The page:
If I Had Your Face by Frances Cha [in Booklist]
As former travel and culture editor for CNN in Seoul, U.S.-Hong Kong-South Korea-raised and Brooklyn-domiciled Frances Cha writes exactingly of what she knows in her first novel. With unblinking focus, she confronts some of the darkest consequences of contemporary gender inequity by targeting the erasure of female individuality by oppressive beauty standards and expectations. Behind Korea’s internationally coveted imports – especially K-dramas and K-pop – is an obsession with plastic surgery, complicated by one of the world’s lowest birth rates and one of the highest suicide rates.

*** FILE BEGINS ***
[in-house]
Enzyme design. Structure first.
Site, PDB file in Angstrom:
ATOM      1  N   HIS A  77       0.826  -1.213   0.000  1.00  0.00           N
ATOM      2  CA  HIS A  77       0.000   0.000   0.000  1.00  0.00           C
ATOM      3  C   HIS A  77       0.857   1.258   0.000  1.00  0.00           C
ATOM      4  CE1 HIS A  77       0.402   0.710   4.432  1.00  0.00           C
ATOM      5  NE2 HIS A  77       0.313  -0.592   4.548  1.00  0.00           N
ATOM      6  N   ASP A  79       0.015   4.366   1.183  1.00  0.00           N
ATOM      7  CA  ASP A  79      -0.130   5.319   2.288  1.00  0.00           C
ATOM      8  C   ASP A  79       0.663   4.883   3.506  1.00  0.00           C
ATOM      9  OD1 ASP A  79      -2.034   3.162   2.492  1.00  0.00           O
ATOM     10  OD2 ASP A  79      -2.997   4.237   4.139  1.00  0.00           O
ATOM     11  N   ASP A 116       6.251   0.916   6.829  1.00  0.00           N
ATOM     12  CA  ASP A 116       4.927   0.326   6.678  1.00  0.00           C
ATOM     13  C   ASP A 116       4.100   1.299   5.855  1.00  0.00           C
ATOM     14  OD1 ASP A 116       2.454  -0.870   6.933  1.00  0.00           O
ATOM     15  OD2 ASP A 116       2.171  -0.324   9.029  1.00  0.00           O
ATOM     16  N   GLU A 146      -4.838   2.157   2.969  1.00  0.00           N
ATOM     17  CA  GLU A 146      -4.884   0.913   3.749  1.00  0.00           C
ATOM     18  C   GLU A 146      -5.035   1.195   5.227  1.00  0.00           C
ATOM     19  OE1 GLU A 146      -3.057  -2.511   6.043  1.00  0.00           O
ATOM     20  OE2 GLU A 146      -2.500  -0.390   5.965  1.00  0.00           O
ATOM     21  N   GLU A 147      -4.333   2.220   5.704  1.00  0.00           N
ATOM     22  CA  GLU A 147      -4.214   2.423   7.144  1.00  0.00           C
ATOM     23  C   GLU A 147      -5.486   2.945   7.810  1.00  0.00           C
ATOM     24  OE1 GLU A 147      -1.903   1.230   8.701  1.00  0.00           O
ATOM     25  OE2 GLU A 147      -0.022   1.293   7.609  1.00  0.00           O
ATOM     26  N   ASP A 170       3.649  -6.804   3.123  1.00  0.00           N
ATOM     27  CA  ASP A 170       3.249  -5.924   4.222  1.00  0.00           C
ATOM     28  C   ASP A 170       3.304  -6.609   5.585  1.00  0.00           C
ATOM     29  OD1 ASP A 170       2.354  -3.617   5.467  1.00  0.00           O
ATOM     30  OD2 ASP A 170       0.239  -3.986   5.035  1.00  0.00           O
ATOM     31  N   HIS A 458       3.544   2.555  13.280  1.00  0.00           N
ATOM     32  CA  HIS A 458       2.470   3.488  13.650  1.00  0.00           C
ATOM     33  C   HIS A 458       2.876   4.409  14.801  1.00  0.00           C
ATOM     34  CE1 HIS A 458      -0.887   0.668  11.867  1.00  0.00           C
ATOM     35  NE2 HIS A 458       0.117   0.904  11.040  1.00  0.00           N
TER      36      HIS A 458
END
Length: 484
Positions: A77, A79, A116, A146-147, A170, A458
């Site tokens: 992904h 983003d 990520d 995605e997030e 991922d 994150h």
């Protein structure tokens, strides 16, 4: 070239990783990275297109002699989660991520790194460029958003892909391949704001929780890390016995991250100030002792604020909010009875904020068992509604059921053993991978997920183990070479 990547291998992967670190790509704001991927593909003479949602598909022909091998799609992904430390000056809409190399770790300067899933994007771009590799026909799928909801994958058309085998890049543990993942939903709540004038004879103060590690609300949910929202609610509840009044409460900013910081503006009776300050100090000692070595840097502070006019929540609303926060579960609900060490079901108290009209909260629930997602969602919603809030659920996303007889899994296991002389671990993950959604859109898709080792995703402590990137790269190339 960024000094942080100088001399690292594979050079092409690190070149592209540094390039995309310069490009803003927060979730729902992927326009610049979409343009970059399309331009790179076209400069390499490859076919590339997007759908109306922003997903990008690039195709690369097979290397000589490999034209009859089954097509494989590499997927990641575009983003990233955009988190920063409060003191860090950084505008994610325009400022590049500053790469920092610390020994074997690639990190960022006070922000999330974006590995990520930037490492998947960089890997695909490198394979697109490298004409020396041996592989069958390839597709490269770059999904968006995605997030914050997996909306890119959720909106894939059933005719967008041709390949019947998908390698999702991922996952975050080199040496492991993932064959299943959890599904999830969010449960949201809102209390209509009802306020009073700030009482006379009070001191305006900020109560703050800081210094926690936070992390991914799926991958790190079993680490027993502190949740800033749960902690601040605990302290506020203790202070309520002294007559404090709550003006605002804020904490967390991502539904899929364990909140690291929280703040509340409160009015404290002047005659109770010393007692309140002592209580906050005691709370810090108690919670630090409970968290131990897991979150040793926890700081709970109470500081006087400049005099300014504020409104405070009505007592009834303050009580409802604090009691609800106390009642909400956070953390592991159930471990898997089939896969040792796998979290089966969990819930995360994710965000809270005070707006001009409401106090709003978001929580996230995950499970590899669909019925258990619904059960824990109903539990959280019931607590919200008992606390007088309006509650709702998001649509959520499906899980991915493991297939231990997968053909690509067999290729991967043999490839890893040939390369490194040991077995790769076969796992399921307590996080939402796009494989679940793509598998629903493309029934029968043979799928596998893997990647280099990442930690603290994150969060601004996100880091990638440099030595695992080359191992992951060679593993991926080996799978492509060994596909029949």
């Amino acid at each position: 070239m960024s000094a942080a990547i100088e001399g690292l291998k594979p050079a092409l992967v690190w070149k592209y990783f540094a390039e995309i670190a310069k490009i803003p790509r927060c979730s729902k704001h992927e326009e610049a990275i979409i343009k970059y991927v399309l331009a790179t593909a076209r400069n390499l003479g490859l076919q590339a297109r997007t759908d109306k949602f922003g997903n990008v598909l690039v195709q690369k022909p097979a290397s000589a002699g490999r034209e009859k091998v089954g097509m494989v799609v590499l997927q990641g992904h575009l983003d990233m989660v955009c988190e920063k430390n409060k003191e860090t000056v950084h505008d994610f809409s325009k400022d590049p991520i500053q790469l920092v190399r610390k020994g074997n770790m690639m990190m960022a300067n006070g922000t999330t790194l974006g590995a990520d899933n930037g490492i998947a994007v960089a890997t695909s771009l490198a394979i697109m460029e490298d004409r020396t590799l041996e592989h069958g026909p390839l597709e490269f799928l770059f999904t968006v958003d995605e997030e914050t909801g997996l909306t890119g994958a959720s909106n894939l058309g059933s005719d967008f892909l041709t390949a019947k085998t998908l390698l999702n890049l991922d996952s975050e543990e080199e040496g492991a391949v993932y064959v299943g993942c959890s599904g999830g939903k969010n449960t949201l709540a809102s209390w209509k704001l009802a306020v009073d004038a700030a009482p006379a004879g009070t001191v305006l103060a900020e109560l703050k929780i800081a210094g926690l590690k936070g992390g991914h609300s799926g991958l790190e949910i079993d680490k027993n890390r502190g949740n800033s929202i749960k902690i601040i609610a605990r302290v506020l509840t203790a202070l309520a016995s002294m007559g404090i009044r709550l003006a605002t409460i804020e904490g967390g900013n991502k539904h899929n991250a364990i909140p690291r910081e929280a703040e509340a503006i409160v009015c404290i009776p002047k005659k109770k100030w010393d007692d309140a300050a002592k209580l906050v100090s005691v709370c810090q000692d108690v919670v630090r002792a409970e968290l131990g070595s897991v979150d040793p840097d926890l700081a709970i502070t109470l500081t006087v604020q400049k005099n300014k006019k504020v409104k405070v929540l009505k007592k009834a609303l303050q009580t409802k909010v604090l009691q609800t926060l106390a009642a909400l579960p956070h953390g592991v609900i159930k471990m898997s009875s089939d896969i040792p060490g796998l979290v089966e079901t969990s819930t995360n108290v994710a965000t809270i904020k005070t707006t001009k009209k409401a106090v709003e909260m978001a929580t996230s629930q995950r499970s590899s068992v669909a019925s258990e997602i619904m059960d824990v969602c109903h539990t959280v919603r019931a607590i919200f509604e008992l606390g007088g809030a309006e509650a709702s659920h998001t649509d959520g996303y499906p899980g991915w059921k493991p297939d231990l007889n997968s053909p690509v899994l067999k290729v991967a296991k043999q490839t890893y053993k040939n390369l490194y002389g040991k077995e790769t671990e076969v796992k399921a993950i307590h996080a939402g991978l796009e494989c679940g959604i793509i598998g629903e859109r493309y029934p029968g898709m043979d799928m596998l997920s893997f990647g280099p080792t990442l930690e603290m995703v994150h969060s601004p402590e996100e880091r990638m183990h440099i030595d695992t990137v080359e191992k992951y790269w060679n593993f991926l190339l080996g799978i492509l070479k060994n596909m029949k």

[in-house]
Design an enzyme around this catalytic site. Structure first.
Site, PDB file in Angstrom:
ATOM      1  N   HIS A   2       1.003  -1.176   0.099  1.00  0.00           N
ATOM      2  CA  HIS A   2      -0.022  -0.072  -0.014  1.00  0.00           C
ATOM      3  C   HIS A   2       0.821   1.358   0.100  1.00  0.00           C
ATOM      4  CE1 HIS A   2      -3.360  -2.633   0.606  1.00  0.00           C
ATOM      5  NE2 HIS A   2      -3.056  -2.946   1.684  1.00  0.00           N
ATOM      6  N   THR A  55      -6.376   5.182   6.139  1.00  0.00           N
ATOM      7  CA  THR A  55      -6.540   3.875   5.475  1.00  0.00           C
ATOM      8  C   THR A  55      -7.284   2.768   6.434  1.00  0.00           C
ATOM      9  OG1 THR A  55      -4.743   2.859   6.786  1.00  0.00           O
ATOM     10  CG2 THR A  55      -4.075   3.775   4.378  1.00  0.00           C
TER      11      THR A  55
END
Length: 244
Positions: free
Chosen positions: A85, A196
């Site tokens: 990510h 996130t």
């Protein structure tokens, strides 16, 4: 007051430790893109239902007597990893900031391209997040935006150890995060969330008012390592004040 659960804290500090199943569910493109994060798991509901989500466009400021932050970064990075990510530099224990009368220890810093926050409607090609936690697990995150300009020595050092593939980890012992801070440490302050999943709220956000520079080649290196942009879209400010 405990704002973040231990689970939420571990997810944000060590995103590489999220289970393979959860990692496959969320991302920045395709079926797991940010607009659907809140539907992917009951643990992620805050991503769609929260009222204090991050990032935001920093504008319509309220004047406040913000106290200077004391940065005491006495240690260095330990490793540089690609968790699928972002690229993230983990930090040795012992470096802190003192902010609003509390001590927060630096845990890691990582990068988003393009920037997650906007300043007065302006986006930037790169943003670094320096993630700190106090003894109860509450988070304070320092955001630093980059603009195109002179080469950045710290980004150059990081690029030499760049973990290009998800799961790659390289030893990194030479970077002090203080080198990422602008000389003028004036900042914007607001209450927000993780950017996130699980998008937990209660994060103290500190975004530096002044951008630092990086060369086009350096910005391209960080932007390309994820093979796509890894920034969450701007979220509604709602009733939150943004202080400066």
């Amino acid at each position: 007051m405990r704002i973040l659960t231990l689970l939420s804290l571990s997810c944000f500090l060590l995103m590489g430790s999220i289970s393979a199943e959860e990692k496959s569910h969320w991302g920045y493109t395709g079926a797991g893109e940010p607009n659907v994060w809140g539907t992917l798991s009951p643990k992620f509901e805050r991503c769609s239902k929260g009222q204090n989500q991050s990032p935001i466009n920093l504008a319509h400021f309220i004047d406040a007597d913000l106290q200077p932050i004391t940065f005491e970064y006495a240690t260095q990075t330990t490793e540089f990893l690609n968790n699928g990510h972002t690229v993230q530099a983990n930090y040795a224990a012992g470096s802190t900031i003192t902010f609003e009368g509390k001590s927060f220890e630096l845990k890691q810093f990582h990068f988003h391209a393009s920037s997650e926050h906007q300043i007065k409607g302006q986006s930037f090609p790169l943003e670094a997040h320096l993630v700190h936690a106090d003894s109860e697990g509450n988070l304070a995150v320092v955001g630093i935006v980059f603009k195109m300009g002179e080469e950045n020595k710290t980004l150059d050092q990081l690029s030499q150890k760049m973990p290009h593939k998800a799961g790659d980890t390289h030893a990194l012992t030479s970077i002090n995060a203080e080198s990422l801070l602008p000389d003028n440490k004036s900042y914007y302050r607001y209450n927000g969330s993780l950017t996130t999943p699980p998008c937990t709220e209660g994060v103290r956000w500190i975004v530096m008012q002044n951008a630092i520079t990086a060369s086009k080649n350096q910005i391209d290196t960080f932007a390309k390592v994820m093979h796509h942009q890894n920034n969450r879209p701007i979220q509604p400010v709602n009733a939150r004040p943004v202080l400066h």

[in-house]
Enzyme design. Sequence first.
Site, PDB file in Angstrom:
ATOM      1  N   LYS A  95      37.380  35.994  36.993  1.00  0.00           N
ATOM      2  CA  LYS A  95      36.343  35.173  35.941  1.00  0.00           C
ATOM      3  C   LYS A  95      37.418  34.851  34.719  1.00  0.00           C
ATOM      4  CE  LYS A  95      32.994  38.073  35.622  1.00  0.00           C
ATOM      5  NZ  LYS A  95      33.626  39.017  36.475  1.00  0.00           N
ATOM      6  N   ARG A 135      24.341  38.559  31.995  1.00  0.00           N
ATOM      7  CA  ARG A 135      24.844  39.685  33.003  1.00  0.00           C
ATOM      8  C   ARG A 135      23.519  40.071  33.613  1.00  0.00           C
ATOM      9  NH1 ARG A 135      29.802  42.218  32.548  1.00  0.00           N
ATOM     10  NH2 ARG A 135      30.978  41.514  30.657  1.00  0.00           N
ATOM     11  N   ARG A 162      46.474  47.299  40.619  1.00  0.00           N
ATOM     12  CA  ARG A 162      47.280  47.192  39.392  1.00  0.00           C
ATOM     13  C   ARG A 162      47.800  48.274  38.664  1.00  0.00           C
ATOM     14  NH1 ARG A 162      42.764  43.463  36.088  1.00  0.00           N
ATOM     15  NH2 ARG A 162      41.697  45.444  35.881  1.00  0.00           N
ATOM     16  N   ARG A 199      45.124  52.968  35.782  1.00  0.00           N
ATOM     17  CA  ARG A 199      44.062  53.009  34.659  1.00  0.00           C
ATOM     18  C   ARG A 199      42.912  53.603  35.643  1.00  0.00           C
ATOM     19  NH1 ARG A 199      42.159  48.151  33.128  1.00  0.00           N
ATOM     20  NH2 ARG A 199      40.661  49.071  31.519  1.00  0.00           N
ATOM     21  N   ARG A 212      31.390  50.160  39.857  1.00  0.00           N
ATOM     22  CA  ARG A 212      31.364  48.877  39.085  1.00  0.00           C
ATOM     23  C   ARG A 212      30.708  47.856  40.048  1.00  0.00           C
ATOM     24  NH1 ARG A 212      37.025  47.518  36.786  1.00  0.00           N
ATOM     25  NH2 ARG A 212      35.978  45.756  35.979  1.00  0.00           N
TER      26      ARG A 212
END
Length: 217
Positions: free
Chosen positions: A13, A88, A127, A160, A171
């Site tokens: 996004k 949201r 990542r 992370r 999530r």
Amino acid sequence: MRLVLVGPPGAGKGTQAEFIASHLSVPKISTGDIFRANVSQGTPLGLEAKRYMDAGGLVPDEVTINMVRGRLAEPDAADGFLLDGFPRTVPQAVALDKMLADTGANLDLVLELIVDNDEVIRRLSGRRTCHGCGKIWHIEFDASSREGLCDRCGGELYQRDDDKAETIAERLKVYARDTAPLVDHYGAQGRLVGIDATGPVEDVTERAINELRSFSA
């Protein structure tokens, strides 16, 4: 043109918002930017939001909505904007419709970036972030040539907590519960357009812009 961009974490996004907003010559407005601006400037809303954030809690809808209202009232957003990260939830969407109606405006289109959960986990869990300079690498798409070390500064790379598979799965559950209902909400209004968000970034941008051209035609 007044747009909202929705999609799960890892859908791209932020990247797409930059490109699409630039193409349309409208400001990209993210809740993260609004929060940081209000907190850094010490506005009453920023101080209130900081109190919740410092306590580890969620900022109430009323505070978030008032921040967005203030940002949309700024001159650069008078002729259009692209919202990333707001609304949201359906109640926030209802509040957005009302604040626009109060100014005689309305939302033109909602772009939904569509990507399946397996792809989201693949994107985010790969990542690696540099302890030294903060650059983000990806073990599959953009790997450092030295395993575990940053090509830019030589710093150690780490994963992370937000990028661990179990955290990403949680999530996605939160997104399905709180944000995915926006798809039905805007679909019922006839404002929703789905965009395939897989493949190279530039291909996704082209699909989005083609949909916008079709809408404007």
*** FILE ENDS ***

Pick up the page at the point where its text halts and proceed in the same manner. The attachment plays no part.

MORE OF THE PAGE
Into that unforgiving society, Cha’s magnificent tale introduces the women of Color House, an ironically all-gray Seoul apartment building. Four of its inhabitants take turns revealing their intertwined lives: hair stylist Ara, who lives with beauty-obsessed Sujin; their glamorous neighbor, Kyuri, who works in a “room salon,” where men spend substantially to drink with the city’s most beautiful women, and where Sujin hopes for an introduction post-metamorphosis; Kyuri’s roommate, Miho, whose art earned her an NYC education and relationship with an über-wealthy heir; and pregnant Wonna, who married the first and perhaps only kind man she’s ever known and who hopes she doesn’t lose another baby. Despite a society designed to stifle, these women manage to nurture mutual bonds for strength and survival.